Climate change and extreme weather, population growth, galloping urbanization and soil degradation impact the lives of an unprecedented number of people today. More communities are exposed to possible natural or economic disaster than ever before. Bolstering their ability to handle a shock and its consequences is the focus of an important EU Communication.
On October 3rd, Commissioners Pielbags and Georgieva proposed a new communication on Resilience to the European Parliament and the Council, based on EU experiences in responding to recent food crises. “The EU Approach to Resilience: Learning from Food Security Crises” builds on lessons learned and applies them to crisis and shock situations in general.
Over the past five years the EU has invested over 4 billion euros in response to crises in food security, in programmes that include the EU Food Facility, SHARE and AGIR. This experience prompted the new policy.
“What we saw was that the Commission has been pretty good at mobilising significant financial resources to address the consequences of crises,” said Jean-Pierre Halkin, Head of Unit for Rural Development, Food Security and Nutrition at DG EuropeAid, and team leader for the Communication.
“Where we see we need to do more,” he continued, ”is in the way we address the root causes of the crisis, so that at the end of the intervention we not only help the vulnerable people who have suffered because of the consequence of the crisis, but they are also better equipped to face the next crisis.”
The Communication proposes measures with which the European Union will help vulnerable populations reduce the impact of shocks and recurrent crises.
Resilience is the ability of an individual, a household, a community, a country or a region to withstand, to adapt, and to quickly recover from stresses and shocks.
How to make resilience measures work in development cooperation will involve a dedicated effort, said Mr Halkin. The major challenge is that long-term development objectives are too often de-railed when a shock happens and emergency response takes over.
“Introducing Resilience in development cooperation will certainly change the way in which we are working, both at Headquarters and in Delegation, in two aspects: in the long term programming, and when shocks happen in relation to ECHO,” he said.
Building resilience is a long-term effort that needs to be firmly embedded in national policies and planning. It is a part of the development process, and genuinely sustainable development will need to tackle the root causes of recurrent crises rather than just their consequences.
The EU Approach to Resilience: Learning from the Food Security Crisis
The long-term vision is to see significant attention in multi-annual programming devoted to the root causes of vulnerability. “We know that if we have not been working enough on those (root causes) in the past, it is often because this is also more complex, more difficult or more sensitive, but this is really where we want to go and we want to lean on national policies for that,” explained Mr Halkin.
Secondly, a closer relationship with ECHO would facilitate a better response, as seen in the reply to the food crisis in 2008. “Whenever a disaster occurs we need to have more joint work to identify where are the most vulnerable people, joint work to see where we should intervene to support those so that at the end of the day we have really well packaged EU support to the most vulnerable parts of the world,” he said.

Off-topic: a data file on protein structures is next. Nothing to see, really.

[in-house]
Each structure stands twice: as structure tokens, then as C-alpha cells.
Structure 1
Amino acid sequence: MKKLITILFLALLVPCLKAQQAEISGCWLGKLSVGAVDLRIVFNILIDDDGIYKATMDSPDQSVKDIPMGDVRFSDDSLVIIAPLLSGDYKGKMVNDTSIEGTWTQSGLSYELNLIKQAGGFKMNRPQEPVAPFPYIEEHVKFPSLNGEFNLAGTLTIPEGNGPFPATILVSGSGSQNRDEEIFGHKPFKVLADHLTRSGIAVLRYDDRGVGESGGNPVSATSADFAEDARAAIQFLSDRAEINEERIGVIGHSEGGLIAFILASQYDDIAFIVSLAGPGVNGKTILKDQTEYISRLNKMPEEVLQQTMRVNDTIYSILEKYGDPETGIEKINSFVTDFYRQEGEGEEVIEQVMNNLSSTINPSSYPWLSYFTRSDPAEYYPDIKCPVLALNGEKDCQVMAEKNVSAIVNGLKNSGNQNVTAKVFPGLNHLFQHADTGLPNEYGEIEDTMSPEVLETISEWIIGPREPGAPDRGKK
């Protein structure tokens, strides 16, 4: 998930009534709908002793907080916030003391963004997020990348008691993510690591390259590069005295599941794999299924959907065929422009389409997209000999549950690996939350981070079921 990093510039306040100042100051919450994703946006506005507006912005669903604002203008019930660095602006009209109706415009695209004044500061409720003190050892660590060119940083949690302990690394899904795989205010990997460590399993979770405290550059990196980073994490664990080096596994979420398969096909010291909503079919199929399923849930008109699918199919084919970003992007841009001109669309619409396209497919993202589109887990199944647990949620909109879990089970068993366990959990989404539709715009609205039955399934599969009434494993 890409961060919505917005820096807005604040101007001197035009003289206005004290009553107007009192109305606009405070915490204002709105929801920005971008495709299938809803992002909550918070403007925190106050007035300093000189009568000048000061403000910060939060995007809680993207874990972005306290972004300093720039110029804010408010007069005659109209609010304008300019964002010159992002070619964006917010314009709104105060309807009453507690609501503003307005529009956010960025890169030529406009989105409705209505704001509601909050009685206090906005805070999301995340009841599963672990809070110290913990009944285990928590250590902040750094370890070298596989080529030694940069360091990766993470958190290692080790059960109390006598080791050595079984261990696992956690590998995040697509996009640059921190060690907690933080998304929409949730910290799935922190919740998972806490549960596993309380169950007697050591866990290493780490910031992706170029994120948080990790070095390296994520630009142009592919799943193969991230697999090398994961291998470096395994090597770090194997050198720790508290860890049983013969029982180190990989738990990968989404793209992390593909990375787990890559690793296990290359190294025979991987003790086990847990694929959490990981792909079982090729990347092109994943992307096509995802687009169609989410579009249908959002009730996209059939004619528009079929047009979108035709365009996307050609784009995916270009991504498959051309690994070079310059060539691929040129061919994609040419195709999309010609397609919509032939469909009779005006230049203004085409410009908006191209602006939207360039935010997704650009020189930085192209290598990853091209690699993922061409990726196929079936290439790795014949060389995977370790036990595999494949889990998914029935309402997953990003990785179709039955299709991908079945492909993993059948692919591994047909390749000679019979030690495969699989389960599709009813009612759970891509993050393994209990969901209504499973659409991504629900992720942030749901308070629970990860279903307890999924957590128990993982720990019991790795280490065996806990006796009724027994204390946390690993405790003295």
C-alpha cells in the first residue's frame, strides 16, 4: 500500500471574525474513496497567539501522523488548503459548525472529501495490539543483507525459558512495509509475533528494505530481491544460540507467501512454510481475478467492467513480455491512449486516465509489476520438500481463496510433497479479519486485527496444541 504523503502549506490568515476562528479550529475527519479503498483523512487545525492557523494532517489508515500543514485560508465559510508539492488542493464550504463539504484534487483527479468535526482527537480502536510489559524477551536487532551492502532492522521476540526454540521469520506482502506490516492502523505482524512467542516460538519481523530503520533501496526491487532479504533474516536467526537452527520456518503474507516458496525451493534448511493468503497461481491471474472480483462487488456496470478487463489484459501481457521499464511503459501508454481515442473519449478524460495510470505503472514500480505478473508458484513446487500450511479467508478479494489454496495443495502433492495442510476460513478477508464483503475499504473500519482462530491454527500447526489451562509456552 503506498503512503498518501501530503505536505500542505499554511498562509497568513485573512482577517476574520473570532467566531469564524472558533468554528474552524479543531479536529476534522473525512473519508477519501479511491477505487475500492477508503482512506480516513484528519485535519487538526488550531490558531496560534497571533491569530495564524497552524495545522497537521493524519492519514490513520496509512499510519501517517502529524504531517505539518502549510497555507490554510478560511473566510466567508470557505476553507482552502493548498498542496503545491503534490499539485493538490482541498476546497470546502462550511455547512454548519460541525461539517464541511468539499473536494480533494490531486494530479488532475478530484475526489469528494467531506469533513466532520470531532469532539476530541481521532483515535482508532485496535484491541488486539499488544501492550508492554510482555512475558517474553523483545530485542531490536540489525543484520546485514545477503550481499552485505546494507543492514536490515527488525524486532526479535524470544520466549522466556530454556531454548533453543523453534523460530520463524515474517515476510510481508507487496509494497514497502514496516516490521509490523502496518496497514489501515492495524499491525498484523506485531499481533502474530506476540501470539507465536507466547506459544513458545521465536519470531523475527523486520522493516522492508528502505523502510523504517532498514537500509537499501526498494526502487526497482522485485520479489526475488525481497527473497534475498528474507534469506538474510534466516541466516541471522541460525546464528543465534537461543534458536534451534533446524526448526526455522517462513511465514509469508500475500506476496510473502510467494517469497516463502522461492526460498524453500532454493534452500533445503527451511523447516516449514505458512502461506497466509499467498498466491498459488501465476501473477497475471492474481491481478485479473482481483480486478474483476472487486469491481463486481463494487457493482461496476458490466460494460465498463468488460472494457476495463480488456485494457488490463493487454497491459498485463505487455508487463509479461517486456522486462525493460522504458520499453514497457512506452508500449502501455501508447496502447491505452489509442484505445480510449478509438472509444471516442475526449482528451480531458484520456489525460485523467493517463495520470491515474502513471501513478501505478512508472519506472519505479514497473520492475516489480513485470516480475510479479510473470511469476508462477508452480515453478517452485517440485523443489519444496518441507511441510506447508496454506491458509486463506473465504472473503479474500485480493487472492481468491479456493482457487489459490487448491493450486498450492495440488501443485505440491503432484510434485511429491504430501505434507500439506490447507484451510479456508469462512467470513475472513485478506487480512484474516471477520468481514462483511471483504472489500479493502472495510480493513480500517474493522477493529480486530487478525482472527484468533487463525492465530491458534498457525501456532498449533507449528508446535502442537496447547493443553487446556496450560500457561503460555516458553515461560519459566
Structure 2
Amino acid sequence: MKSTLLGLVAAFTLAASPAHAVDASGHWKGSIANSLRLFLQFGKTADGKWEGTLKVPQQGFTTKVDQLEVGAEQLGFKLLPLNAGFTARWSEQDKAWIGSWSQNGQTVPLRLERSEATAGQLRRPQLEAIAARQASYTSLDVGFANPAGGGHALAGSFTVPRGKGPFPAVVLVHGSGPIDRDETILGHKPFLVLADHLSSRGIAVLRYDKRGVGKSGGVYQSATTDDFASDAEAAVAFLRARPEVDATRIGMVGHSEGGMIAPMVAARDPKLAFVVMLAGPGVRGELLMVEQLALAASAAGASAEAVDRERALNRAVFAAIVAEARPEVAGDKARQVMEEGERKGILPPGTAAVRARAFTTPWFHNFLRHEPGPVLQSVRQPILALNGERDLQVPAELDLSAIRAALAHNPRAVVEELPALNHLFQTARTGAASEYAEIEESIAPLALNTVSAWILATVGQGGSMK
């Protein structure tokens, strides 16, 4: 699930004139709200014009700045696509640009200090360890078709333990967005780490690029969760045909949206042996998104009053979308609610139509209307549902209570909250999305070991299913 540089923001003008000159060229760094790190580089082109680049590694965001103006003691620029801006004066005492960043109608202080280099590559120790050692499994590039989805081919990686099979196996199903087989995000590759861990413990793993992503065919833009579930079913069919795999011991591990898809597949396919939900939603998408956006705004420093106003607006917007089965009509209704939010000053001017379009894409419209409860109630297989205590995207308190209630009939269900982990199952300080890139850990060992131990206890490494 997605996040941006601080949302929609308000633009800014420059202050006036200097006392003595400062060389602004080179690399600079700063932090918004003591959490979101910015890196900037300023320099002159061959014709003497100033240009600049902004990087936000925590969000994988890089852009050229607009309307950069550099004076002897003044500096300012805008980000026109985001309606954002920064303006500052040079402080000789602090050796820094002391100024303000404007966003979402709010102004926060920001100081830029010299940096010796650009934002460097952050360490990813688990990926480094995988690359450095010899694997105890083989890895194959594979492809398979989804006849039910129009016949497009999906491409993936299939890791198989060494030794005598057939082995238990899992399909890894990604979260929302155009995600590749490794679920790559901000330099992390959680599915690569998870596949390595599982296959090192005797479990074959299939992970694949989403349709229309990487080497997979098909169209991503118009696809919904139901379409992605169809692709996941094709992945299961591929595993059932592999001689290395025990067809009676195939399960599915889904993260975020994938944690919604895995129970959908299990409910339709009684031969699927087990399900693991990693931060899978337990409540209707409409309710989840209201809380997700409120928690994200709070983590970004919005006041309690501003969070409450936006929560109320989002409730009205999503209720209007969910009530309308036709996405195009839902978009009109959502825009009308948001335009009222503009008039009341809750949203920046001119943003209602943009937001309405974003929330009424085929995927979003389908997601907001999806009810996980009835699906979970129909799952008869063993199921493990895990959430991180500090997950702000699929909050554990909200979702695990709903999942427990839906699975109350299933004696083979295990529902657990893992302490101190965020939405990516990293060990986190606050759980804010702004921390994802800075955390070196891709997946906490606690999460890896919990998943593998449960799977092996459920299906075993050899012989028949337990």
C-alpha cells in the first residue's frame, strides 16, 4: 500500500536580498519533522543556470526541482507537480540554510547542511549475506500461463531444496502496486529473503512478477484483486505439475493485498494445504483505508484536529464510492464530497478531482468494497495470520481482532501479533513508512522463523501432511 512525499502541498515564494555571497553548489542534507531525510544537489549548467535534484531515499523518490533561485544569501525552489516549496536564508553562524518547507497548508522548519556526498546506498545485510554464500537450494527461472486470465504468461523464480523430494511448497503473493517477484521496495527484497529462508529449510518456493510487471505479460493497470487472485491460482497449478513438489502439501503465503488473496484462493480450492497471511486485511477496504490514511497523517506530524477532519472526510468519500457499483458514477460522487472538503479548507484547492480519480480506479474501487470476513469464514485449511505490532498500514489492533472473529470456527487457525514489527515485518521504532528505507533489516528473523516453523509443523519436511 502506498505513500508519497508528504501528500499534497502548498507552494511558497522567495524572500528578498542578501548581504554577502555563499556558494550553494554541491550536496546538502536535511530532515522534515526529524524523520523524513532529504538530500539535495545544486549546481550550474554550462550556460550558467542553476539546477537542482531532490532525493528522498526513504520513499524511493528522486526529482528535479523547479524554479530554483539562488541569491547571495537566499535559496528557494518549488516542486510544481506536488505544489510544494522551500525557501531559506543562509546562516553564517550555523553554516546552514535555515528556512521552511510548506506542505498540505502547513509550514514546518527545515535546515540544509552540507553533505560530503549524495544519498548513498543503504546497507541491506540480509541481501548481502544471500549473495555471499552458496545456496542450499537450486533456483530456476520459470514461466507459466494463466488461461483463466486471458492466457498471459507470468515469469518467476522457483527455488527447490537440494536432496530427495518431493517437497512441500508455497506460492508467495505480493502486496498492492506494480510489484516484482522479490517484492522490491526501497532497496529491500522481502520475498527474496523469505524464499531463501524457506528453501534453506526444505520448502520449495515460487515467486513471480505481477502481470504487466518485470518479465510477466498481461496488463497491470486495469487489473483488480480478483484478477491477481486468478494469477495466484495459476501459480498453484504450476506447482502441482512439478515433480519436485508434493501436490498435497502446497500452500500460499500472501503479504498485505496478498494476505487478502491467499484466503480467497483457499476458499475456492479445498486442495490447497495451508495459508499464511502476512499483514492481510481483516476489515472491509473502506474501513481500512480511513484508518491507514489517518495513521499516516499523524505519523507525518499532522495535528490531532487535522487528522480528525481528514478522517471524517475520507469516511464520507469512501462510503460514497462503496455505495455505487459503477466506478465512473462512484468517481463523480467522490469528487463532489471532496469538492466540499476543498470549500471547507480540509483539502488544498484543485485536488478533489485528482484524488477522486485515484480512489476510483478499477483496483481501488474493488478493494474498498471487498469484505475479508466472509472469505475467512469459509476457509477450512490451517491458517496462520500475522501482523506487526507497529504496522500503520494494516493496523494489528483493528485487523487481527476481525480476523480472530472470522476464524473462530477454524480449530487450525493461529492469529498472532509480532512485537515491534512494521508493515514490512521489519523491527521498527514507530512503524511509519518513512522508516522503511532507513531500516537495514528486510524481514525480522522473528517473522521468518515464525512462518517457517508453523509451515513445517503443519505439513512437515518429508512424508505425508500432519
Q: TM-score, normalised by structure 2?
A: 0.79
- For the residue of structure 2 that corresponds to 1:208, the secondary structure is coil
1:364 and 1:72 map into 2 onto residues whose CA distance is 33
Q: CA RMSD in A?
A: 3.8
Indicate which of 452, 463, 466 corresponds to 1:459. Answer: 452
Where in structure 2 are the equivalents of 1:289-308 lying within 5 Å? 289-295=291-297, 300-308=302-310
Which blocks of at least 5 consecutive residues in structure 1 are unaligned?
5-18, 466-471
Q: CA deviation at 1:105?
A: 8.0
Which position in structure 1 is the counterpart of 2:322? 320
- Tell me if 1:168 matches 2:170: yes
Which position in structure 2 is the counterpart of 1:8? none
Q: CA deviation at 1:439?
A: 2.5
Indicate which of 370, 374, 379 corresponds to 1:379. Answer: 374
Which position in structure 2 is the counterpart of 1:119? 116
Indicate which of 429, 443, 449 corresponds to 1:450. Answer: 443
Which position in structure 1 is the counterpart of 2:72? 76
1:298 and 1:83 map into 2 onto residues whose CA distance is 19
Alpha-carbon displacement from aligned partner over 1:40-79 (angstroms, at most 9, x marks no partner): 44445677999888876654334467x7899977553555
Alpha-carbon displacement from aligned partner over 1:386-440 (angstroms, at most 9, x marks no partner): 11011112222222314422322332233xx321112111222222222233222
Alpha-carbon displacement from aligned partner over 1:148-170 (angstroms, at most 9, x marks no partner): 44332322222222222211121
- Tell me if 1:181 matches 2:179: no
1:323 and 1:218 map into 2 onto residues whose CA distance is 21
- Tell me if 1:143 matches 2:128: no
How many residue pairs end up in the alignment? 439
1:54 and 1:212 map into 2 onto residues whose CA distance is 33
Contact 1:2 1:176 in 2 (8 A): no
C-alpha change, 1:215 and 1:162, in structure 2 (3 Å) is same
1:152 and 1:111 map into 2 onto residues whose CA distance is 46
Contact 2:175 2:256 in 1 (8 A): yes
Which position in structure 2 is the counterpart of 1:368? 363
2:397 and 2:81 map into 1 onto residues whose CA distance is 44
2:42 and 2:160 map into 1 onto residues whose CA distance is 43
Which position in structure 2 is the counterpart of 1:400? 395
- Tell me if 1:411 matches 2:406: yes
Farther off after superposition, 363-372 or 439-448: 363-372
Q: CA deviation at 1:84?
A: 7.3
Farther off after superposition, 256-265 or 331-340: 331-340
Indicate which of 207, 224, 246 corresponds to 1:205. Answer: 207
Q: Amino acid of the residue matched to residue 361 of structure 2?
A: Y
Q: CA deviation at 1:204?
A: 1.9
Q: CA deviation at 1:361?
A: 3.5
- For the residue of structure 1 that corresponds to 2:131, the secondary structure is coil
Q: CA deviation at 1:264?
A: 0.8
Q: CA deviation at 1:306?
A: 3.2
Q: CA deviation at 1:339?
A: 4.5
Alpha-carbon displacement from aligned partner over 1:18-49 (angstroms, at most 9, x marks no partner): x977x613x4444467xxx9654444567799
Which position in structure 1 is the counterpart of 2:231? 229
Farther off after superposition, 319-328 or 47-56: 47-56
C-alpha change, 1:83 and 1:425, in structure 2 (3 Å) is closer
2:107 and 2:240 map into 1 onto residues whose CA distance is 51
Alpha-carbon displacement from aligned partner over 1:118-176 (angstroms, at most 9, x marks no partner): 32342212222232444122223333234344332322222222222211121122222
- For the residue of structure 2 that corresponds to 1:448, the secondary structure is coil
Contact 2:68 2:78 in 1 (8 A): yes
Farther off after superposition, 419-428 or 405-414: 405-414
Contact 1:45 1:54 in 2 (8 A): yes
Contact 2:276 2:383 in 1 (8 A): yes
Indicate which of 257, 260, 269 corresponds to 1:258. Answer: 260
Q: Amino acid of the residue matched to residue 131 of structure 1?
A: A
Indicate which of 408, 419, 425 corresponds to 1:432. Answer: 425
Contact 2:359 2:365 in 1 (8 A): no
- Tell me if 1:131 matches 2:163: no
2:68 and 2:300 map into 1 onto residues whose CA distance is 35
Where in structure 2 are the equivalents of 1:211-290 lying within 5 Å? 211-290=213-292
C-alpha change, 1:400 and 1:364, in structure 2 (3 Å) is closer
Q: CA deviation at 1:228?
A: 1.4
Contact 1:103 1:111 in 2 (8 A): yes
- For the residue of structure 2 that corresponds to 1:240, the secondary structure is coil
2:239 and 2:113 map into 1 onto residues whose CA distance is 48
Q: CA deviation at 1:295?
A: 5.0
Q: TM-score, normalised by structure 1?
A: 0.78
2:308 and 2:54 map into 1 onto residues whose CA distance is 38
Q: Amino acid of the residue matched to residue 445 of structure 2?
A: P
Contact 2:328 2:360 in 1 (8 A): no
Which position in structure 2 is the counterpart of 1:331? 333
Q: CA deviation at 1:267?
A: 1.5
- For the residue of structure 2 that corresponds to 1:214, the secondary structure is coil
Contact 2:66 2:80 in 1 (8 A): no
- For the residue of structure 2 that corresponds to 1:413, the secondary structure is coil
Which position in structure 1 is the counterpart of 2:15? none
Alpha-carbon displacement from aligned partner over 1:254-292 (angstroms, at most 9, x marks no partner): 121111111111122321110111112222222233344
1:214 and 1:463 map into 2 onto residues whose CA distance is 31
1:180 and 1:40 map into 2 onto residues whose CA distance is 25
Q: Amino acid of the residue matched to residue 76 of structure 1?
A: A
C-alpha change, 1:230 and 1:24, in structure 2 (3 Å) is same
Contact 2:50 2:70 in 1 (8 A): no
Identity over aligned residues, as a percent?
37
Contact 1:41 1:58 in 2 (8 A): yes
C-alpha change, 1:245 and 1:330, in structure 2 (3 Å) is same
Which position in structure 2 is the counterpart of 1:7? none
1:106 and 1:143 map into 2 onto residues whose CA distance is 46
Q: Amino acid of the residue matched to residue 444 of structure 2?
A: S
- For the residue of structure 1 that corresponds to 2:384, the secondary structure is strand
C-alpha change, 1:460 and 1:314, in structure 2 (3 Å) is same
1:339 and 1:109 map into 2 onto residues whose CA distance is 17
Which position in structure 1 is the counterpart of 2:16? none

The new Communication was crafted to reflect the principles of the Agenda for Change. For instance, importance is given to partner countries in their responsibility to design policies and implement them, and for a country to develop its own capacity in order to reinforce itself against shocks.
“In the Communication we insist on capacities being developed at all levels, from households to communities to countries, “ said Mr Halkin, stressing that policy development should be aimed to interface not only with government, but with the population. “So we also need to develop the capacities of the most vulnerable part of the population.”
“It is important that policies are developed that encompass both the development of the capacities to address the root causes and to tackle the consequences,” he added. “We have had quite a good experience already in capacity development, and it has to be incorporated into the support we provide in each sector.”
At the thematic level, the Communication echoes the attention to sustainable agriculture, food security and the private sectors seen in the Agenda for Change. A key aspect in promoting resilience in multi-annual programming is to work in the sector that is most exposed to shocks, and in vulnerable countries, agriculture is often both the most important sector of the economy and the one most exposed to both climatic and economic shocks.
Mr Halkin is encouraged by the example of progress made for food security in Niger. There, the government has chosen to develop policies to address food insecurity, alongside the relevant tools to address the food crisis. “Providing a government with policies taking on board the root causes of vulnerability is where colleagues need to place all the effort,” he said. “And Headquarters is there to support that and also to support the pressure on policy dialogue on those aspects.”
Resilience is the cross-cutting theme of the Food Security topic at the upcoming EU DevDays, which take place in Brussels on the 16th and 17th of October. Round table and panel discussions will focus on resilience in its different forms - in food security, the private sector, nutrition and so on.
To watch the full video interview by Mr Halkin, please visit this page in the capacity4dev.eu Public Group on Fighting Hunger, Food Security and Nutrition.